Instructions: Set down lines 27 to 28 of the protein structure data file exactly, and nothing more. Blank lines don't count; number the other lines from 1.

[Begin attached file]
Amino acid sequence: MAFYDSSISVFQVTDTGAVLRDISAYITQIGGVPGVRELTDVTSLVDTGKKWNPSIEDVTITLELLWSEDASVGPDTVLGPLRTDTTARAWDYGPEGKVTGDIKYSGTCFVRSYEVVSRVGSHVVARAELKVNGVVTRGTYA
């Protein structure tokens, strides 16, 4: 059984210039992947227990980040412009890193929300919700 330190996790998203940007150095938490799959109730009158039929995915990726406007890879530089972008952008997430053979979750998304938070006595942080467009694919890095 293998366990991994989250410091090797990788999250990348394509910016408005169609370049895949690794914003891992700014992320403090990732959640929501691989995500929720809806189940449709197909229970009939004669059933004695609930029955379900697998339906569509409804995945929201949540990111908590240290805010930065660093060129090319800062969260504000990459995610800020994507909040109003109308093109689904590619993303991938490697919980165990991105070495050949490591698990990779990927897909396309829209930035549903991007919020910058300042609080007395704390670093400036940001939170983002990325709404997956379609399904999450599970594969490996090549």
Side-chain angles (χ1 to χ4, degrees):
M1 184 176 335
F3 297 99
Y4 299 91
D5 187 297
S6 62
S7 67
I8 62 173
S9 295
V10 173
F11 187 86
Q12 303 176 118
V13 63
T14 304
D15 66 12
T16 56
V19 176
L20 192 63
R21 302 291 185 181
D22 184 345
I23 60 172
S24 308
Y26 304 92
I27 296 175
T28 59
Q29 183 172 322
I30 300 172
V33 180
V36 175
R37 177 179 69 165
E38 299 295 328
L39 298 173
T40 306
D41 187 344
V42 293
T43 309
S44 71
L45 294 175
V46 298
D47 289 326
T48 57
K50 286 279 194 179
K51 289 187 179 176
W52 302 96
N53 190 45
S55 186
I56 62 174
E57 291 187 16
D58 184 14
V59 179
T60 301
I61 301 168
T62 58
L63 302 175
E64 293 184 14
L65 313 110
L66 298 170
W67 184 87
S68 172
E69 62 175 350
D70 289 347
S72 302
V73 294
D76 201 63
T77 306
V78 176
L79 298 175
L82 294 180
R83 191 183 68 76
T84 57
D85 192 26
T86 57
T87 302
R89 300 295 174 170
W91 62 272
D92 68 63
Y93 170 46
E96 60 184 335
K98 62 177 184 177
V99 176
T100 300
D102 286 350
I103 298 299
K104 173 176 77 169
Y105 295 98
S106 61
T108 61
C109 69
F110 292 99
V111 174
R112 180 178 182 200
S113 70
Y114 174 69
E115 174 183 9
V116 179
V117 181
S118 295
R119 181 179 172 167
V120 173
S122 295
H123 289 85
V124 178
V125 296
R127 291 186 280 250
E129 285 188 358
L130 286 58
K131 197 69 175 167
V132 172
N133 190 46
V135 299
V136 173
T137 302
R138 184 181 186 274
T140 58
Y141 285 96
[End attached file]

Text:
T28 59
Q29 183 172 322